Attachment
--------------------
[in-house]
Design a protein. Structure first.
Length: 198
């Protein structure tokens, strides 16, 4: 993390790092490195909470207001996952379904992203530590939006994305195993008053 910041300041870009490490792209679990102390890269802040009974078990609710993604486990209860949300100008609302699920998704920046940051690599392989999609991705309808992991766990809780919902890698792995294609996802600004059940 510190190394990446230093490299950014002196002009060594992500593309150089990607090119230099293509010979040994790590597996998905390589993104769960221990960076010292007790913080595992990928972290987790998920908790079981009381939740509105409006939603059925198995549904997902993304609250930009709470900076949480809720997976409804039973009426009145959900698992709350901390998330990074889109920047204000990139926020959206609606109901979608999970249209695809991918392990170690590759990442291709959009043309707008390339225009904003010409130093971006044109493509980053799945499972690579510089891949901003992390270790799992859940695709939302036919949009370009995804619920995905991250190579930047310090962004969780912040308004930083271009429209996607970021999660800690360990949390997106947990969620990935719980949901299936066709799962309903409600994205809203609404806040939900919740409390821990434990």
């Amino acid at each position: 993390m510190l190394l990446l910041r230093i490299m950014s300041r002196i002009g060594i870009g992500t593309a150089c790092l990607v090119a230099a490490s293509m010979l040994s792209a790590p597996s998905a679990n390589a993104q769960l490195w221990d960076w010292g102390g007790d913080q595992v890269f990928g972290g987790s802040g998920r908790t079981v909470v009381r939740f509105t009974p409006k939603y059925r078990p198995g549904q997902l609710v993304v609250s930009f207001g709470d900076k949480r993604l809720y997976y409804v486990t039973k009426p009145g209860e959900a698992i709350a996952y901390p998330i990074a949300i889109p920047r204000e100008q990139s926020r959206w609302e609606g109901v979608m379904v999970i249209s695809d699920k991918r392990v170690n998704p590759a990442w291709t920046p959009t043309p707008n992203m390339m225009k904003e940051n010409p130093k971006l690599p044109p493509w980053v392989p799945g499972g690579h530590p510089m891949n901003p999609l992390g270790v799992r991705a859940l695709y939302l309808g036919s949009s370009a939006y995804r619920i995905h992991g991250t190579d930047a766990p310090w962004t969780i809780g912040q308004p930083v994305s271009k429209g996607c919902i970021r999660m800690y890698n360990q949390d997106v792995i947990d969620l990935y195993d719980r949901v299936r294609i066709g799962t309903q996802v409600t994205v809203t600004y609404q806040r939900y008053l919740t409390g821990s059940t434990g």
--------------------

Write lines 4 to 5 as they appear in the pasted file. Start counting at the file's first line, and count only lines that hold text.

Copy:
């Protein structure tokens, strides 16, 4: 993390790092490195909470207001996952379904992203530590939006994305195993008053 910041300041870009490490792209679990102390890269802040009974078990609710993604486990209860949300100008609302699920998704920046940051690599392989999609991705309808992991766990809780919902890698792995294609996802600004059940 510190190394990446230093490299950014002196002009060594992500593309150089990607090119230099293509010979040994790590597996998905390589993104769960221990960076010292007790913080595992990928972290987790998920908790079981009381939740509105409006939603059925198995549904997902993304609250930009709470900076949480809720997976409804039973009426009145959900698992709350901390998330990074889109920047204000990139926020959206609606109901979608999970249209695809991918392990170690590759990442291709959009043309707008390339225009904003010409130093971006044109493509980053799945499972690579510089891949901003992390270790799992859940695709939302036919949009370009995804619920995905991250190579930047310090962004969780912040308004930083271009429209996607970021999660800690360990949390997106947990969620990935719980949901299936066709799962309903409600994205809203609404806040939900919740409390821990434990």
């Amino acid at each position: 993390m510190l190394l990446l910041r230093i490299m950014s300041r002196i002009g060594i870009g992500t593309a150089c790092l990607v090119a230099a490490s293509m010979l040994s792209a790590p597996s998905a679990n390589a993104q769960l490195w221990d960076w010292g102390g007790d913080q595992v890269f990928g972290g987790s802040g998920r908790t079981v909470v009381r939740f509105t009974p409006k939603y059925r078990p198995g549904q997902l609710v993304v609250s930009f207001g709470d900076k949480r993604l809720y997976y409804v486990t039973k009426p009145g209860e959900a698992i709350a996952y901390p998330i990074a949300i889109p920047r204000e100008q990139s926020r959206w609302e609606g109901v979608m379904v999970i249209s695809d699920k991918r392990v170690n998704p590759a990442w291709t920046p959009t043309p707008n992203m390339m225009k904003e940051n010409p130093k971006l690599p044109p493509w980053v392989p799945g499972g690579h530590p510089m891949n901003p999609l992390g270790v799992r991705a859940l695709y939302l309808g036919s949009s370009a939006y995804r619920i995905h992991g991250t190579d930047a766990p310090w962004t969780i809780g912040q308004p930083v994305s271009k429209g996607c919902i970021r999660m800690y890698n360990q949390d997106v792995i947990d969620l990935y195993d719980r949901v299936r294609i066709g799962t309903q996802v409600t994205v809203t600004y609404q806040r939900y008053l919740t409390g821990s059940t434990g």